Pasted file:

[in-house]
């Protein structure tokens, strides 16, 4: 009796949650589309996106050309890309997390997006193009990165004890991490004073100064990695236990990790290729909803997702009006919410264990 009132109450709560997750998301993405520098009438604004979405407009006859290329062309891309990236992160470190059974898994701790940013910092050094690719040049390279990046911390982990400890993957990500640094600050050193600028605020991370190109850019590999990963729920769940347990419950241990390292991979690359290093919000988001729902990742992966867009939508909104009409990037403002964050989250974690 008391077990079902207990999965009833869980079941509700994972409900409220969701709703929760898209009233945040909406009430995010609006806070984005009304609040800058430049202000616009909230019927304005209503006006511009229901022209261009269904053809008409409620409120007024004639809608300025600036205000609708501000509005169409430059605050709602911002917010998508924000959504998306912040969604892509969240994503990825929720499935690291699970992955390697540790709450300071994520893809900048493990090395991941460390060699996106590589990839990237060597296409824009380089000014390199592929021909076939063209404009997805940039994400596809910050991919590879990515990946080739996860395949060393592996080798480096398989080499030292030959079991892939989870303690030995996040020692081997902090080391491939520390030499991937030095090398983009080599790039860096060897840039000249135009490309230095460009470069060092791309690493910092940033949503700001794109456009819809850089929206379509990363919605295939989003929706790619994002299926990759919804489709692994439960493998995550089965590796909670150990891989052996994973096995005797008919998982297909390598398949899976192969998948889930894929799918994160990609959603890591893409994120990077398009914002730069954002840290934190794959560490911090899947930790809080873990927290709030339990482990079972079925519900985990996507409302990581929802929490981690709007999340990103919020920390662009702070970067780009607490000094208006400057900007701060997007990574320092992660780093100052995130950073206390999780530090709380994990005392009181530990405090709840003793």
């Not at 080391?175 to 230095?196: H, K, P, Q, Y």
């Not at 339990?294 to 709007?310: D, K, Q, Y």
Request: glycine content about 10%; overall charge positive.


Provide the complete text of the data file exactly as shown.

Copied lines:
[in-house]
């Protein structure tokens, strides 16, 4: 009796949650589309996106050309890309997390997006193009990165004890991490004073100064990695236990990790290729909803997702009006919410264990 009132109450709560997750998301993405520098009438604004979405407009006859290329062309891309990236992160470190059974898994701790940013910092050094690719040049390279990046911390982990400890993957990500640094600050050193600028605020991370190109850019590999990963729920769940347990419950241990390292991979690359290093919000988001729902990742992966867009939508909104009409990037403002964050989250974690 008391077990079902207990999965009833869980079941509700994972409900409220969701709703929760898209009233945040909406009430995010609006806070984005009304609040800058430049202000616009909230019927304005209503006006511009229901022209261009269904053809008409409620409120007024004639809608300025600036205000609708501000509005169409430059605050709602911002917010998508924000959504998306912040969604892509969240994503990825929720499935690291699970992955390697540790709450300071994520893809900048493990090395991941460390060699996106590589990839990237060597296409824009380089000014390199592929021909076939063209404009997805940039994400596809910050991919590879990515990946080739996860395949060393592996080798480096398989080499030292030959079991892939989870303690030995996040020692081997902090080391491939520390030499991937030095090398983009080599790039860096060897840039000249135009490309230095460009470069060092791309690493910092940033949503700001794109456009819809850089929206379509990363919605295939989003929706790619994002299926990759919804489709692994439960493998995550089965590796909670150990891989052996994973096995005797008919998982297909390598398949899976192969998948889930894929799918994160990609959603890591893409994120990077398009914002730069954002840290934190794959560490911090899947930790809080873990927290709030339990482990079972079925519900985990996507409302990581929802929490981690709007999340990103919020920390662009702070970067780009607490000094208006400057900007701060997007990574320092992660780093100052995130950073206390999780530090709380994990005392009181530990405090709840003793």
């Not at 080391?175 to 230095?196: H, K, P, Q, Y």
């Not at 339990?294 to 709007?310: D, K, Q, Y």
Request: glycine content about 10%; overall charge positive.